Thinking Outside of the Box

The Learning Center of Beaufort County to open at multiple locations

By Wendy Nilsen Pollitzer

Featured in Lowcountry Weekly

May 22, 2013

Malcolm and CompanyWebMalcolm Goodridge, Benefactor of The Learning Center of Beaufort County; Kendall Erickson, Chairman of the Beaufort Board of the Boys and Girls Club of the Lowcountry; Edna Crews, Regional Vice President of the Coastal Community Foundation; Chris Protz, Executive Director of the Boys and Girls Club of the Lowcountry; and Dr. Charlie Calvert, Board Chairman of Bridges Preparatory School at the Bill Verity Cup, a golf tournament benefiting the Boys and Girls Club of the Lowcountry.

Learning CenterBeaufortA new partnership is forming in Beaufort County, and the unique collaboration has the potential to change the lives of many Lowcountry children. The Learning Center of Beaufort County will soon be opening its doors to students in need of tutoring services and specialized instruction thanks to the alliance between the Boys and Girls Club of the Lowcountry, Bridges Preparatory School, Penn Center, St. Peter’s Catholic School and the Coastal Community Foundation.

The Learning Center of Beaufort will offer students the chance to fully engage in a meaningfullearning process, effectively utilize their distinctive learning styles and productively pursue ongoingacademic achievement. And most importantly, The Learning Center will be available to every child in Beaufort County.

All too often, children who possess an alternative to the verbal learning style get frustrated with mainstream teaching methods and abandon their will to learn. Students become apathetic; but it’s not their fault. They just learn differently than most. The misunderstanding begins when many people can’t figure out why an intelligent person can’t read at their expected level. The mistreating begins when students are simply encouraged to ‘try harder.’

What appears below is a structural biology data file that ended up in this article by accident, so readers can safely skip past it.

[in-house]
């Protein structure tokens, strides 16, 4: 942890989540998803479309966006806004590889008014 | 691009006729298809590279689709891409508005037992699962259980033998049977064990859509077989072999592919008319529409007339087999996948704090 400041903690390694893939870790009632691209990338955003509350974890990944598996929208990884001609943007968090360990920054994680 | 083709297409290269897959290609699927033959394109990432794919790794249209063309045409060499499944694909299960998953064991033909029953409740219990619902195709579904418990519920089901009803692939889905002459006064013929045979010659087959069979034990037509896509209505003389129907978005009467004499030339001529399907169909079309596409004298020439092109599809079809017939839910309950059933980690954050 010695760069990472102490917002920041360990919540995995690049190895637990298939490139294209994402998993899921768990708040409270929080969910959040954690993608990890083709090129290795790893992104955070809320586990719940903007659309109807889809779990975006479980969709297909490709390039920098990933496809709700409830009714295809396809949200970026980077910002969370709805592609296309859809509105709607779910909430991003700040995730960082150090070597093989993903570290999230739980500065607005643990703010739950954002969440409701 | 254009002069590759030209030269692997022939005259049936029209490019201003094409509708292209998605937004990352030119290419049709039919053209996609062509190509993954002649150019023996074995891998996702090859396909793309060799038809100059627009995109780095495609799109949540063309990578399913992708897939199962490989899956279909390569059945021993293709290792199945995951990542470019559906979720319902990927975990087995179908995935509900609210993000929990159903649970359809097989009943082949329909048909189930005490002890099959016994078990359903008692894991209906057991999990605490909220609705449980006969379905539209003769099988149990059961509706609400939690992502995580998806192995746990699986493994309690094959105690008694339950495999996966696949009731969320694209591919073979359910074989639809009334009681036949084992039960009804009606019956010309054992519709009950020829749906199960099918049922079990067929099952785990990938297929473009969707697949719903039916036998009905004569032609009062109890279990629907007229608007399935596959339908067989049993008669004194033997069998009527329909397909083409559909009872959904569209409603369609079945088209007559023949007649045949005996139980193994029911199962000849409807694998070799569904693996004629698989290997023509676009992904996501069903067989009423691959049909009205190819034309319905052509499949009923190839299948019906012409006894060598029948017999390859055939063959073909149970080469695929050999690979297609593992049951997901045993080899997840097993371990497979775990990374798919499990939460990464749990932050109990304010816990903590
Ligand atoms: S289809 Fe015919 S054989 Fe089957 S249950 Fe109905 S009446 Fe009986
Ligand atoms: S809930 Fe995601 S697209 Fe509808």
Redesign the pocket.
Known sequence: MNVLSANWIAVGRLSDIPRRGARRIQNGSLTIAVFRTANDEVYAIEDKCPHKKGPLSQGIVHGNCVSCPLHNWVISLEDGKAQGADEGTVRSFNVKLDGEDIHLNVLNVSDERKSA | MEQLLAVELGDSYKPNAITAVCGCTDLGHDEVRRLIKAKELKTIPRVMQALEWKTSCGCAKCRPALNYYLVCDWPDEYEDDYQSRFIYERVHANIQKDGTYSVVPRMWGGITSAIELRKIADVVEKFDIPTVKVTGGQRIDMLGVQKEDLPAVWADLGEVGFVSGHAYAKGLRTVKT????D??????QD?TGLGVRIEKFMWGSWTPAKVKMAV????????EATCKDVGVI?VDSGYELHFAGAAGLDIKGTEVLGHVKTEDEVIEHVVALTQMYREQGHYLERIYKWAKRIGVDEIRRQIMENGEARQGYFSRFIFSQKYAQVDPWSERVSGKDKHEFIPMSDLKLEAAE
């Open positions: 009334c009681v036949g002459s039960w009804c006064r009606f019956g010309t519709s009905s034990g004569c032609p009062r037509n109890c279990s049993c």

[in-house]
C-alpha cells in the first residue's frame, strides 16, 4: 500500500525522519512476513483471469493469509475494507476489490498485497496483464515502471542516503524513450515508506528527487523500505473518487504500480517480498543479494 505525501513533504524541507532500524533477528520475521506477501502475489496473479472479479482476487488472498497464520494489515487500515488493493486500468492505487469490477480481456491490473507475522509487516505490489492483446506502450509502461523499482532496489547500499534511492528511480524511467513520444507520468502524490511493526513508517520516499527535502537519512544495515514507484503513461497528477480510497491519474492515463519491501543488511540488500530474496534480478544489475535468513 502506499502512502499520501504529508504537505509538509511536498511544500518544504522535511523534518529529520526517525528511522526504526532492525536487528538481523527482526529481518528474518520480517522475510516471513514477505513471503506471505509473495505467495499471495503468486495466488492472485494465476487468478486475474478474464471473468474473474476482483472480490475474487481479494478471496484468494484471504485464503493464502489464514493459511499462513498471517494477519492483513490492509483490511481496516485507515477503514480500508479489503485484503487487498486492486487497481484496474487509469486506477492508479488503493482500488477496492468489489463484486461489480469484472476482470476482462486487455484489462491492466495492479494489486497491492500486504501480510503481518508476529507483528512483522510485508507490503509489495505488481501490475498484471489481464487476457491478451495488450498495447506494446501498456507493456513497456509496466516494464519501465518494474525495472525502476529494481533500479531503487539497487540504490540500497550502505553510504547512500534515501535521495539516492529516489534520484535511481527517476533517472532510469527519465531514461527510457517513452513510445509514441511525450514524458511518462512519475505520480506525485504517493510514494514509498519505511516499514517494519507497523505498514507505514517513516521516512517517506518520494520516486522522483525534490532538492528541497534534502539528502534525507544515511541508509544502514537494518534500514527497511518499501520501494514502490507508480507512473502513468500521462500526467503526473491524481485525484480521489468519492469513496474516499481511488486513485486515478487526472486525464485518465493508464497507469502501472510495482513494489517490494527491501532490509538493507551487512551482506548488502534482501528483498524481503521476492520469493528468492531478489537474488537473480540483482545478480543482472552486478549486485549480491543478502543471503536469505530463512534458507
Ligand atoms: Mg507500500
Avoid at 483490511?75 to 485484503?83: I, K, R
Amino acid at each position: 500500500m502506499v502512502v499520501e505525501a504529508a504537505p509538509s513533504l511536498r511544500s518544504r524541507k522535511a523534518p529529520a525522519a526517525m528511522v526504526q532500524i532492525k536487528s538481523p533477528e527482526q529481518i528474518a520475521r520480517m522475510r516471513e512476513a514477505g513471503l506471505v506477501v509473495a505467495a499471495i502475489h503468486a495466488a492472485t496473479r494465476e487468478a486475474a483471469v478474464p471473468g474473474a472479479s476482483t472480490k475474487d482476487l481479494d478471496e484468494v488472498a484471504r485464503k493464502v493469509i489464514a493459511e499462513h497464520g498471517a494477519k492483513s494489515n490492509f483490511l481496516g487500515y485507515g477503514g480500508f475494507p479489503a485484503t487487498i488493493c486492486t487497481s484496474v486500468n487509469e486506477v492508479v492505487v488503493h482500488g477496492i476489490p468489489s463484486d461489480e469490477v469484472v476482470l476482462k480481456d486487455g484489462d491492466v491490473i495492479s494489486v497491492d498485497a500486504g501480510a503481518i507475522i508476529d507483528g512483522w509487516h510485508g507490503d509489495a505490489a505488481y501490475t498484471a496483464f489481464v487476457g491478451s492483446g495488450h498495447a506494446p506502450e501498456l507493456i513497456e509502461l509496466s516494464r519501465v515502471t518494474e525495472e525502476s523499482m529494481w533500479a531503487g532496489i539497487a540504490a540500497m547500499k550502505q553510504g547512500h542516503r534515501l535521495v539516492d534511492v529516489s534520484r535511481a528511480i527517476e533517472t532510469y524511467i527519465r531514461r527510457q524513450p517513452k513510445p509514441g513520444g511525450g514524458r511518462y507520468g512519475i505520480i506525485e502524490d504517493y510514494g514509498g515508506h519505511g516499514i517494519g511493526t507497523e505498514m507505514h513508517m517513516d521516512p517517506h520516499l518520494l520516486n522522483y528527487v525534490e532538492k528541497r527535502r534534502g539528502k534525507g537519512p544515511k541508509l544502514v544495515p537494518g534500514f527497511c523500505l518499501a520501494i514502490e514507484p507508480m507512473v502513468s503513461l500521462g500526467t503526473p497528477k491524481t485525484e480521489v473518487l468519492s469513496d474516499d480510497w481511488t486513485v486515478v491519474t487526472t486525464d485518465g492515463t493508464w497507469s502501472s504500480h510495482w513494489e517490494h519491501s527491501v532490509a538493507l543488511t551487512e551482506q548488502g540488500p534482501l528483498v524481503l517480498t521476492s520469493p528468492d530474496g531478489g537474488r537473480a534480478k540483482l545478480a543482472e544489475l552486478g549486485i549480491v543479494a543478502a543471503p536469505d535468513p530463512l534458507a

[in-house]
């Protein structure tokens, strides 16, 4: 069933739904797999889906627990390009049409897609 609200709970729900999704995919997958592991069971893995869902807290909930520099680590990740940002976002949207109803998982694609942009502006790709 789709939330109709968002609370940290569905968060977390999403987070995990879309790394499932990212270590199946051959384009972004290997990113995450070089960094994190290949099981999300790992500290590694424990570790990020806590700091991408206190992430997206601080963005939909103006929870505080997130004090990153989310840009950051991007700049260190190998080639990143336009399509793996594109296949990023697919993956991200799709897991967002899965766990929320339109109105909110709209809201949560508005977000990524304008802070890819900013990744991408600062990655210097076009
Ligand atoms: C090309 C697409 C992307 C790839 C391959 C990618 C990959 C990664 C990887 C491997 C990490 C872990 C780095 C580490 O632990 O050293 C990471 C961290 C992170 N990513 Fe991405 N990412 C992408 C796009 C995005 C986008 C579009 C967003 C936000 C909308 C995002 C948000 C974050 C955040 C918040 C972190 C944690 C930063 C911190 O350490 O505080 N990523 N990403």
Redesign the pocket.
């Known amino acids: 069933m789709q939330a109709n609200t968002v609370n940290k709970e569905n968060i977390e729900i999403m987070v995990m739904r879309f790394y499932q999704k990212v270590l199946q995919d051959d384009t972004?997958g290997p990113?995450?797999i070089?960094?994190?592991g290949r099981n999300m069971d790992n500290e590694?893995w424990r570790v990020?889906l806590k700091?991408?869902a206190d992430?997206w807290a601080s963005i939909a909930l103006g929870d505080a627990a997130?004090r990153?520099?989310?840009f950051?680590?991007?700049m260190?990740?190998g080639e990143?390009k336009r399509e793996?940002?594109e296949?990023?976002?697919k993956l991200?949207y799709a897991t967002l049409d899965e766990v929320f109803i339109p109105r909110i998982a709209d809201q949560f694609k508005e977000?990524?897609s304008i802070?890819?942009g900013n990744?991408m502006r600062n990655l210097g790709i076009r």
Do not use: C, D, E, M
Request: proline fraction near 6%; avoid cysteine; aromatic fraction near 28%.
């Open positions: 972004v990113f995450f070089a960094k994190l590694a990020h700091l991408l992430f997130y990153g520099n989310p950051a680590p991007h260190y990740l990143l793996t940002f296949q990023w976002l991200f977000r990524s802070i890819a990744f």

Malcolm Goodridge, founder and benefactor of The Learning Center of Beaufort County, understands this frustration. He is dyslexic. And he says his dyslexia is his greatest asset.

Goodridge remembers growing up and being called a “dummy” all the way through school. He took remedial reading classes to assist him, but they didn’t help much. He fought hard through school to overcome his learning disability, eventually going on to a distinguished career as a senior executive with American Express. Now retired, he thanks his struggle with dyslexia for his continued ambition toward success.

“I think that if I had been a normal kid, I wouldn’t have the drive for success that I have now. I was pushed down so far, I had to figure out a way to survive,” says Goodridge.

Goodridge explains that children with dyslexia seek attention in the classroom in different ways. Some take the right path. Some take the wrong path. Many successful businessmen, athletes, politicians and celebrities are dyslexic. People with dyslexia are highly creative, out of the box thinkers, and use their brains differently, which explains the long list of people of note who have excelled.

In fact, Goodridge was recognized by First Lady Nancy Reagan at the White House in 1988 as a successful businessman who overcame dyslexia. He was in the company of Magic Johnson (sports), Governor Thomas Kean (politics) and Cher (entertainment), who also battled learning challenges.